Disclosure: I have no positions in any stocks mentioned, and no plans to initiate any positions within the next 72 hours. I wrote this article myself, and it expresses my own opinions. I am not receiving compensation for it. I have no business relationship with any company whose stock is mentioned in this article.

    Tags: retirement
    Jan 25 3:43 PM | Link | Comment!
  • How Clear Is Your Crystal Ball?

    "A blindfolded chimpanzee throwing darts at the Wall Street Journal could select a portfolio that would do as well as the experts." Burton G. Malkiel, A Random Walk Down Wall Street, 1973.

    How Clear is Your Crystal Ball?

    If you were to peek into your crystal ball when deciding on an investment strategy, it would be to see if the market has efficiently priced all stocks trading up to that moment. If the market is efficient, current stock prices fully reflect all information available from every possible source. If important information is not reflected in current prices, the market is an inefficient pricing mechanism and you have an opportunity to generate an abnormally high return by judiciously selecting a few stocks in a strategy to exploit the inefficiency. The issue of market efficiency is the most important factor to consider when creating your investment strategy. Although the academic literature strongly suggests that the market is highly efficient, non-academic studies often suggest otherwise. So, how clear is your crystal ball?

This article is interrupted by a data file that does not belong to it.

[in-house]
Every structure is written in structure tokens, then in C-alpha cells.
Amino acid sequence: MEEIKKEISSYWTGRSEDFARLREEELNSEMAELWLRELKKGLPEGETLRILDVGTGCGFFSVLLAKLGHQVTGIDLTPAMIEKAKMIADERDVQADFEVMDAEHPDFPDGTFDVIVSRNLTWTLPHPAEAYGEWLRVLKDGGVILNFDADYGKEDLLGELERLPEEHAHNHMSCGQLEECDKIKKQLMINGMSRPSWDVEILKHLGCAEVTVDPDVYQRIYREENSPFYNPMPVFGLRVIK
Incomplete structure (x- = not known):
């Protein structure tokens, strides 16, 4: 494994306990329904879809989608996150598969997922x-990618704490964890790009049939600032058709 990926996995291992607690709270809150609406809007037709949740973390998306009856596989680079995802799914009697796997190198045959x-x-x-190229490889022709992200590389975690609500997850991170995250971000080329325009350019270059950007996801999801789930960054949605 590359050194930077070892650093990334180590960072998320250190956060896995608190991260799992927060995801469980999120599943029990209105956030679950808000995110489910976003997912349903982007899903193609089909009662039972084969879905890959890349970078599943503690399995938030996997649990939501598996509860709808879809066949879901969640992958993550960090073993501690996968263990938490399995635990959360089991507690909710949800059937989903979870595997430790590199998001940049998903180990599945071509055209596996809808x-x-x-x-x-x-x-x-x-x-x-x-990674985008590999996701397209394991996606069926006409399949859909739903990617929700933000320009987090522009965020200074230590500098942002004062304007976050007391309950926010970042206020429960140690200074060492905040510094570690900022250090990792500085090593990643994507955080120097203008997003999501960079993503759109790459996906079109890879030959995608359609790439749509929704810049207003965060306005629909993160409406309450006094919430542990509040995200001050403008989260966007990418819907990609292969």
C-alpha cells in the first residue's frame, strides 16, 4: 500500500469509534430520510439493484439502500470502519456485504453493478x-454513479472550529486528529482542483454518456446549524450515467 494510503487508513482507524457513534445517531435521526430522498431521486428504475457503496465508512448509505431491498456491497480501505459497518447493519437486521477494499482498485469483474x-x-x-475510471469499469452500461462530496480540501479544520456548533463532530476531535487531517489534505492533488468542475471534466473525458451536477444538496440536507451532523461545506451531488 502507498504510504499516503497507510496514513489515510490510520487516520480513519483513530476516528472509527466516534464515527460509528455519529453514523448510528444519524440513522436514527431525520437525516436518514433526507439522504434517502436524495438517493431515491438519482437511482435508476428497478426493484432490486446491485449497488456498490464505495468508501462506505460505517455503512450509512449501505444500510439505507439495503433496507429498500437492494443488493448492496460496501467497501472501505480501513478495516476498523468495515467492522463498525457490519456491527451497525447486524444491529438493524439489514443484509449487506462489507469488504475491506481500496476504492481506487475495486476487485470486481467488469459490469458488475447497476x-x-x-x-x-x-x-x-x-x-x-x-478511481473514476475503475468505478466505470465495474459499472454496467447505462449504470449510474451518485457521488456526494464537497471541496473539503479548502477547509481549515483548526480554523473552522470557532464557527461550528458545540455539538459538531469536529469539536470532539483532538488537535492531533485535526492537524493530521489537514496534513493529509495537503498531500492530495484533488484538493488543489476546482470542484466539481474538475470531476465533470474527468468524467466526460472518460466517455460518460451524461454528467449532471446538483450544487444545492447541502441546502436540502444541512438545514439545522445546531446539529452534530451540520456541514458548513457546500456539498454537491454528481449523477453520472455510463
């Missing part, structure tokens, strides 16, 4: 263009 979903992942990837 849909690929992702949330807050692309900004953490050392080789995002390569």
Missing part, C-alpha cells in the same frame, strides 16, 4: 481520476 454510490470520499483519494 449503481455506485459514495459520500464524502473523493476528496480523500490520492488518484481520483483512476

What strategy should I follow if the market is efficient?

    Given an efficient market, any guidance about the future you may attempt to gain from studying historical price patterns and previously published financial reports is a waste of time and effort. The implication is that you have no advantage in predicting returns because you do not have access to information not already available to everyone else. Future prices are not predictable but random (cloudy crystal ball), and no actively managed stock selection strategy can be successful. Hence, your investment strategy would be to construct a broadly diversified portfolio to hold for the long term.